Coffee in the Austin skyline mug, no music. For sheer carnage, yesterday was the worst day I have ever had in the studio. I am ostensibly scheduled to leave for the Buyer's Market (BMAC) show in Philadelphia tomorrow. I may not get out till Wednesday morning and then face a hellish long drive and impossibly quick set-up. But why worry about tomorrow's hell when I can dwell on yesterday's!
On the schedule for yesterday: put in the main slump load in the big kiln, slump two more new-style bowls in the small kiln, and take the boxes out of the medium kiln. That should have taken about 1/2 hour total for the day, bright and early in the morning. The rest of the day was devoted to reviewing the edits of the first 50 pages of the book (the Basics). Simple, easy Sunday. Snort.
I opened the small kiln to find the violet Cloudstone bowl--the only example of violet Cloudstone I have for the BMAC--thermal shocked, cracked in two and fused drunkenly together again during the slump. I don't panic. I shrug philosophically and get out my firing schedule to see what I can tweak. I should never have put it in the kiln while the kiln was still hot from the piece I had just taken out. These things will happen. I decide to squeeze in another Cloudstone piece in the medium kiln and move the slump of the Seder set to the big kiln in with the BAC pieces and pieces of orders I need to ship. The schedule is a bit higher and longer than a normal slump, but maybe I can adjust the piece heights so that nothing will be ruined. I really need violet Cloudstone.
So I take the boxes out of the medium kiln to prepare it for the Cloudstone. They are cool and they look *perfect*. I have apparently solved all technical issues with boxes. I start to prepare the Cloudstone firing, but I can't resist polishing the violet orchid box a little first. It is soooo perfect! I do the bottom and half of one side. I cannot help but marvel at the sheer beauty of the piece. I will triumph at the BMAC with these boxes. I will sneer at anyone who questions their price. The box catches a bit on the lap grinder wheel and flies out of my hands to smash into three pieces in the adjacent sink. I run sobbing to my spouse. That's two.
Now I have a dilemma. I need a mass of Cloudstone for the show because it's what I featured in the postcard I sent out, but I also need perfect boxes because I am up for a NICHE award for a box and the awards are given at the BMAC as part of the show. I pick up the other box that jsut came out of the medium kiln, the orange/yellow/green orchid box... and the bottom has begun to crack from a compatibility shift of one of the primary colors during the original melt. This is the same glass that cracked in half during the bubble fix firing a few days ago so it's not like I didn't already know it was a troubled piece. I now have no violet Cloudstone, no perfect boxes, and almost no time left. That's three. I have another breakdown. The BMAC is *the* big roll-out show for new collections and new products. It is where you either show buyer's that you are a dynamic, creative artist, or a tired, same-old, same-old taker-up-of-booth-space.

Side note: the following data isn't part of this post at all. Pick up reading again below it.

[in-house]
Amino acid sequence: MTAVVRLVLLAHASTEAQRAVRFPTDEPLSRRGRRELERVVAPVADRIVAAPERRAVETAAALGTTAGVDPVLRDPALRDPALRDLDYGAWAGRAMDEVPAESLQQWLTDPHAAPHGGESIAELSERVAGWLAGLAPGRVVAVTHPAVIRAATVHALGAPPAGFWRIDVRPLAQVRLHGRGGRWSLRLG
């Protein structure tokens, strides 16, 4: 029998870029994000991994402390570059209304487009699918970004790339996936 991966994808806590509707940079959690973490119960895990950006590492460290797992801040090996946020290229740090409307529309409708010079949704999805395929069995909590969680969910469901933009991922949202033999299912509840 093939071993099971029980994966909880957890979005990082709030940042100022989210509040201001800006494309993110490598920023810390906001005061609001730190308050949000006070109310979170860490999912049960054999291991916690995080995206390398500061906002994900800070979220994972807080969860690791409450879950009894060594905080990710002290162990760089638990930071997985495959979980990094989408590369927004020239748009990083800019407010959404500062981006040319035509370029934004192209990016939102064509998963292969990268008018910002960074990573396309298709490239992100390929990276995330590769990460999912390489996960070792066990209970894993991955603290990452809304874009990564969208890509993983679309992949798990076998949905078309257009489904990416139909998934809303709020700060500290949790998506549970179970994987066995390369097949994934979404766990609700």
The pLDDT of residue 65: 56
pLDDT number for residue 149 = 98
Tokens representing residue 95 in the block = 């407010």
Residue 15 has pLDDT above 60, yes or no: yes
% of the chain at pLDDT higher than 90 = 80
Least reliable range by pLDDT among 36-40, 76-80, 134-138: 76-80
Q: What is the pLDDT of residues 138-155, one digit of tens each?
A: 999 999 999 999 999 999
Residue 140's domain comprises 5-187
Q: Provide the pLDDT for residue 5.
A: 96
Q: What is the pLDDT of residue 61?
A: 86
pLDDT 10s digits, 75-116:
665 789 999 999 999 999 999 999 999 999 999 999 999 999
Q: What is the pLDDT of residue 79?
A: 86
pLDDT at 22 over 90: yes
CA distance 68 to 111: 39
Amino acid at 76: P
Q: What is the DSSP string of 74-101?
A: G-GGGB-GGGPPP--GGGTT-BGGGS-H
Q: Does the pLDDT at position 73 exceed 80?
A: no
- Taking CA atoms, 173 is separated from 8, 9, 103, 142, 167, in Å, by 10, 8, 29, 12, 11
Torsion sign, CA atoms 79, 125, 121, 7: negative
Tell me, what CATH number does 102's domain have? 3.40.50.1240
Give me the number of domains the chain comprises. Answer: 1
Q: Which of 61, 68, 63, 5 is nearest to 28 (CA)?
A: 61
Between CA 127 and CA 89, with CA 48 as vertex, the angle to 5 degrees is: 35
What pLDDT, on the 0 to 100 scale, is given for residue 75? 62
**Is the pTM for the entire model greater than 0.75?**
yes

And then I rise from the ashes. Sure it's the most important show I do a year, but it's just a show. I will salvage it as best I can and move on. It takes until 5:30 pm (so much for the little half hour in the studio in the morning), but I get a bowl slumping in the little kiln, another glorious violet box firing in the medium kiln, and the Seder set, the rest of the BMAC pieces and my outstanding orders slumping in the big kiln. Also in the big kiln are three pieces of violet Cloudstone that I cut the thermal-shocked bowl into with my tile saw. I am slumping them flat to use them as samples of that color at the show.
I finished the night by validating the slump in the big kiln (I did need to up the temp and time a bit more because of the Seder set), putting the fiber blanket over the new box at the appropriate point in its firing, and putting another bowl to slump in the small kiln. I also polished the the orange/yellow/green orchid box down to just before the final cerium-oxide-on felt polish. As it turns out, only the new glass I added in the box construction firing on the bottom of the box cracked and it didn't crack through the box. The piece is not salable, but it is showable as a to-the-naked-eye perfect box. I was then going to read the 50 pages of my book, but my spouse talked me out of it and I collapsed exhausted into my eyelids.
This morning I rose, I stretched, and I vowed to conquer and take no prisoners. Che sera sera. It is now 9:00 and I am ready to review the copyeditor's version of my book. There is a lot more on the plate, but I am not going to stress myself out by listing it again. Tomorrow, maybe, the road to Philadelphia.